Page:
We could go on to discuss Nehemiah, Esther and Mordecai, Elijah and Elisha, and then Peter and Paul in the New Testament. When those leaders emerged, things happened and people were inspired, healed, delivered, and the nation was transformed from what it was to what it could be. 

Leaders have this power for good or bad by God's design. God ordained leadership, and laid down rules and regulations for how leaders were to behave. When bad leaders come along, God does not scrap the concept of leadership and try something else. He replaces ineffective leaders with other leaders. One of Jesus' last acts on earth before His death was to make a significant statement about leadership at the Last Supper:

A dispute also arose among them as to which of them was considered to be greatest. Jesus said to them, “The kings of the Gentiles lord it over them; and those who exercise authority over them call themselves Benefactors. But you are not to be like that. Instead, the greatest among you should be like the youngest, and the one who rules like the one who serves. For who is greater, the one who is at the table or the one who serves? Is it not the one who is at the table? But I am among you as one who serves" (Luke 22:24-27).

Jesus knew that leadership power was so intoxicating that the only antidote to keep leaders from self destructing and leading their people astray was service to others in a spirit of love. This is so rare, however, that Paul wrote a testament to Timothy because of his unusual ability and proclivity to serve:

I hope in the Lord Jesus to send Timothy to you soon, that I also may be cheered when I receive news about you. I have no one else like him, who will show genuine concern for your welfare. For everyone looks out for their own interests, not those of Jesus Christ.  But you know that Timothy has proved himself, because as a son with his father he has served with me in the work of the gospel (Philippians 2:19-22).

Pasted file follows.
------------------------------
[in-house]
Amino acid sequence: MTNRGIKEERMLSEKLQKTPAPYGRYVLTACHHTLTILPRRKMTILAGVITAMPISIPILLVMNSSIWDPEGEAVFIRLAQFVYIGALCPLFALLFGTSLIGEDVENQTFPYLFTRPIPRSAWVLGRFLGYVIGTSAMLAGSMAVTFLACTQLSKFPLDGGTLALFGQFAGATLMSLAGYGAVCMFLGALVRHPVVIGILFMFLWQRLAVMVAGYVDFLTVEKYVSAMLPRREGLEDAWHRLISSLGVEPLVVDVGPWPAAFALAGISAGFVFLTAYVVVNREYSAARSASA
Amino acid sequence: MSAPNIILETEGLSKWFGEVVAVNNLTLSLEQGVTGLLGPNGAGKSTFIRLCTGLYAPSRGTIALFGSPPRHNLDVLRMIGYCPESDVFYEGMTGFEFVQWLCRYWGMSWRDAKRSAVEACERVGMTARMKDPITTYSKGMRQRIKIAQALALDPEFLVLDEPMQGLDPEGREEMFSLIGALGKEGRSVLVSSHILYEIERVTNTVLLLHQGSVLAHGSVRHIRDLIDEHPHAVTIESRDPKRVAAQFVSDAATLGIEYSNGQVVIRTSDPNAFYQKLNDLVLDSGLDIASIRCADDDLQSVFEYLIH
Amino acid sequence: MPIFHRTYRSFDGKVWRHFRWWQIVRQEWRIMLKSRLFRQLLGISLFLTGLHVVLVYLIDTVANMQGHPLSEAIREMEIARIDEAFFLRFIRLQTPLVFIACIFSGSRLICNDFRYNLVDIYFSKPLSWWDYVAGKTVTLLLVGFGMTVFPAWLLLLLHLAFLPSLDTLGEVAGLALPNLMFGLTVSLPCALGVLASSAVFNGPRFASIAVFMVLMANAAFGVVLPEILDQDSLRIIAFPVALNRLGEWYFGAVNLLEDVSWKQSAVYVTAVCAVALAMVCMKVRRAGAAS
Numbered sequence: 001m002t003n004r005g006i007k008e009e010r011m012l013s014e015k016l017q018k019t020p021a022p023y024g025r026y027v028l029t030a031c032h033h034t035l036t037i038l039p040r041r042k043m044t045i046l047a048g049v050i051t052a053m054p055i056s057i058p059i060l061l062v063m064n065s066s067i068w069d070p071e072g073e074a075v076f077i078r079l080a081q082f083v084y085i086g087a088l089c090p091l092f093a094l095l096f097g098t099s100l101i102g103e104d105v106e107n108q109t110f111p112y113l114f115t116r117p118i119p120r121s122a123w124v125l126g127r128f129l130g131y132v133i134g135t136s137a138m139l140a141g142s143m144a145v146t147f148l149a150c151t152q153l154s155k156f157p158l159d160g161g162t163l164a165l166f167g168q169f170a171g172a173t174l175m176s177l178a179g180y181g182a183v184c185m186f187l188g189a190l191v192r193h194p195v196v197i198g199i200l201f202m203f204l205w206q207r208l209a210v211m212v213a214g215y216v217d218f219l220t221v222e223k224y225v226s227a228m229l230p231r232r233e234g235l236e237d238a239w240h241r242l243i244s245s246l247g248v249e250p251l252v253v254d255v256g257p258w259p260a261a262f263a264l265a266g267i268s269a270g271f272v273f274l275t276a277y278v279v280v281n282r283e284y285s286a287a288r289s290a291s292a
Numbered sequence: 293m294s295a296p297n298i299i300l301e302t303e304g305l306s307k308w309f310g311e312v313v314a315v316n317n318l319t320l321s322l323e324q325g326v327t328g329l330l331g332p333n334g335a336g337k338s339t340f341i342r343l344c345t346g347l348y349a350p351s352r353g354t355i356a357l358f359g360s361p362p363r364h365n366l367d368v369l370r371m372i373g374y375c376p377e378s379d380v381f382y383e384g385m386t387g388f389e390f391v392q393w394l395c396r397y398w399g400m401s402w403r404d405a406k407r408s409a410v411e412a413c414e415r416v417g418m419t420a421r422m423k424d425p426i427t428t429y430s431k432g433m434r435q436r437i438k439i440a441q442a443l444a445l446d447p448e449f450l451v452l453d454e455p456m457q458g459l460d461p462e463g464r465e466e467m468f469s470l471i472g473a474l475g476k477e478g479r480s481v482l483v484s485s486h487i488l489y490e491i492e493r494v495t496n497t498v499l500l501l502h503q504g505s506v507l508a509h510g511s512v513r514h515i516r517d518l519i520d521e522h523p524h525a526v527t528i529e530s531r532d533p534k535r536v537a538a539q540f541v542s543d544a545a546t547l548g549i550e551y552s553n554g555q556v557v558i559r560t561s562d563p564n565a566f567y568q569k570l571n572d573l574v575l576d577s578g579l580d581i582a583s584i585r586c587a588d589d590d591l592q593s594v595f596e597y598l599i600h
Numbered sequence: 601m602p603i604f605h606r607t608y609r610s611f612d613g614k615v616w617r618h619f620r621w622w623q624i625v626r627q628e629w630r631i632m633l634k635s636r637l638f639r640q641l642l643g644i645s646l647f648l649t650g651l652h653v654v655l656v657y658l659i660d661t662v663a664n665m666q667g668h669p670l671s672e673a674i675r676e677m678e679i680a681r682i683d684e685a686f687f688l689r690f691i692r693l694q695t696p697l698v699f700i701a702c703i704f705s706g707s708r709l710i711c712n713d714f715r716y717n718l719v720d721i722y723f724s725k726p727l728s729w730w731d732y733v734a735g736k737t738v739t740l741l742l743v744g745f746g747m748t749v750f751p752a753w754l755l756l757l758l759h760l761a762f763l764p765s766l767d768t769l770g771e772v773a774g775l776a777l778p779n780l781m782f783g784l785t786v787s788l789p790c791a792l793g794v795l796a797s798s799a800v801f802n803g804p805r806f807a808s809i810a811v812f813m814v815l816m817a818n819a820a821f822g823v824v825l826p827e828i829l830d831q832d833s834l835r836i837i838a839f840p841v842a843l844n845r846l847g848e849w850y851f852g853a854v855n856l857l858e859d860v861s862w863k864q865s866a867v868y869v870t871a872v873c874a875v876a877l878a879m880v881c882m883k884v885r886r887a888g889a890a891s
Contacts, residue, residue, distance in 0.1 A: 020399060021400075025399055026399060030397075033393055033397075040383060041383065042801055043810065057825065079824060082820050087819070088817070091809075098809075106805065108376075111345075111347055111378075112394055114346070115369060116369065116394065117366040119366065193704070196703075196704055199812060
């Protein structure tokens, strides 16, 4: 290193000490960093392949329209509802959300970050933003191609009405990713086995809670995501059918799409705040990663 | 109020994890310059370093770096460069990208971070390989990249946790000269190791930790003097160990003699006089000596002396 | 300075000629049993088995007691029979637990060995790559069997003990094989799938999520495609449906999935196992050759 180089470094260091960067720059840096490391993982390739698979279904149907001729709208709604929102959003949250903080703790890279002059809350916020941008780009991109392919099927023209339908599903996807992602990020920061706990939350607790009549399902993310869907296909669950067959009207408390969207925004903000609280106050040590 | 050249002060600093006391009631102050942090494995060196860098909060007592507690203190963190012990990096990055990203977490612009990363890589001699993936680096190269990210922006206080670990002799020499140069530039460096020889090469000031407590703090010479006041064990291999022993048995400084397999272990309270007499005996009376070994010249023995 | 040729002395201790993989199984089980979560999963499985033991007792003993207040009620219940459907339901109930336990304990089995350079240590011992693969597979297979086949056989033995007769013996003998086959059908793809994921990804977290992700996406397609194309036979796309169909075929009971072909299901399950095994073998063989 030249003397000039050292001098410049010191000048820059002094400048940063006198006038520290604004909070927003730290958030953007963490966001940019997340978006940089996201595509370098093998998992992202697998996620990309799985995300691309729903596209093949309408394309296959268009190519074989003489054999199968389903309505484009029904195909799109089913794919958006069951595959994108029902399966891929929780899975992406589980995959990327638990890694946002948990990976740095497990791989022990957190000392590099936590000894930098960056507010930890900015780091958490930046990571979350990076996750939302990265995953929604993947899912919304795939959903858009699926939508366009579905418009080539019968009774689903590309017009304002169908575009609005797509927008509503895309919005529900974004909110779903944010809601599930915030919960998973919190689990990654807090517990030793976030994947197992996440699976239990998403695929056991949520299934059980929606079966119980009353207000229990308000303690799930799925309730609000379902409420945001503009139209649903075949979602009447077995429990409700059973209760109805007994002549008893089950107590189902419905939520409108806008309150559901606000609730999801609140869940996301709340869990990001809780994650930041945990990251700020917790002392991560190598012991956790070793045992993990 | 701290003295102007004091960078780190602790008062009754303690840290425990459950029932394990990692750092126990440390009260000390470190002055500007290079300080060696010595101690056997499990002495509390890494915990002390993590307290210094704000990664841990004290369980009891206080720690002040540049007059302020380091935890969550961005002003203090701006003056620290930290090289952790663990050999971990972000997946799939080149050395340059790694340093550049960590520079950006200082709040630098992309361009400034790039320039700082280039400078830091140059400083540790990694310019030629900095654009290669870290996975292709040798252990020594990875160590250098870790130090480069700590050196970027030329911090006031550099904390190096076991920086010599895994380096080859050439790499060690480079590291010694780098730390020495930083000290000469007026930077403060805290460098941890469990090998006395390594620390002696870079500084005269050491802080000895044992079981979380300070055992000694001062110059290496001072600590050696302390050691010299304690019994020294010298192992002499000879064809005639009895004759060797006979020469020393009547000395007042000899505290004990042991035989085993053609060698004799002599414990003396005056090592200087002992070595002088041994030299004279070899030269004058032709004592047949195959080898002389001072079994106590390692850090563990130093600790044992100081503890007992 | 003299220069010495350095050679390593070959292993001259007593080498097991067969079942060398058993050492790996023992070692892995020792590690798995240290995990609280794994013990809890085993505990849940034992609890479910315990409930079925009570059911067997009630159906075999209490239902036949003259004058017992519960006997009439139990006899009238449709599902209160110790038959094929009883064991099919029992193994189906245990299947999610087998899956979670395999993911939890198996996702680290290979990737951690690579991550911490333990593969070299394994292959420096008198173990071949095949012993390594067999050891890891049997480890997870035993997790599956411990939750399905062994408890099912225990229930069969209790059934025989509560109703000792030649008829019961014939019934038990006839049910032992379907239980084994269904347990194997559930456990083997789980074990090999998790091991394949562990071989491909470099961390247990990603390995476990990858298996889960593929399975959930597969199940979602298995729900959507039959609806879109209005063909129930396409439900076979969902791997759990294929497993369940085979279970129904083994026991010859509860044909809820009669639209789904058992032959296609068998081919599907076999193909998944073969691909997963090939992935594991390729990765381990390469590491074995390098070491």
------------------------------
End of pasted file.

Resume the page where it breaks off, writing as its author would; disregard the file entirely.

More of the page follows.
Paul had many leaders in his sphere of influence, but only Timothy served others with selfless intent. All the others, and that includes men like Luke, Titus, Silas, and Onesiphorus, could not measure up to Timothy's selflessness. That is the reason Paul left Timothy behind in many places when persecution would not permit Paul to stay so he could set things in order. Places were never the same after Paul and Timothy came to town because godly leaders transform the people into individuals who can then join with others to form as the American Constitution says, "a more perfect union."

We are prone to be transformed for the good because leaders, like the ones in the Bible, are a rare thing. When circumstances reveal an Apostle Paul, a Churchill, a Mandela, a Lincoln, a Pope John XXIII, a Florence Nightingale, a Sojourner Truth, a Martin Luther King Jr., or a Frederick Douglas, we study their lives because they inspire us to fly higher and farther than we thought possible. When we encounter a Mao, a Hitler, an Alexander the Great, a Mussolini, an Idi Amin, or a Pol Pot, we study them because of the damage they did and the people and nations they destroyed.

Because leaders have this power to build or destroy, we must study leadership principles to learn from the best and worst. At the same time, we must recognize that leadership is like a powerful explosive. When deployed properly, it can be a great tool with which to build and shape, but when deployed poorly, it will do great harm that may take generations to overcome. I want to be a leader that improves the lot of people and organizations, even nations, when I have the chance. That means I have to take seriously all that I have written so far, and the last article that will come next, which states my fifth thought: We have a leadership crisis in the world, especially in the church. Talk to you next week.


Leadership Self-Awareness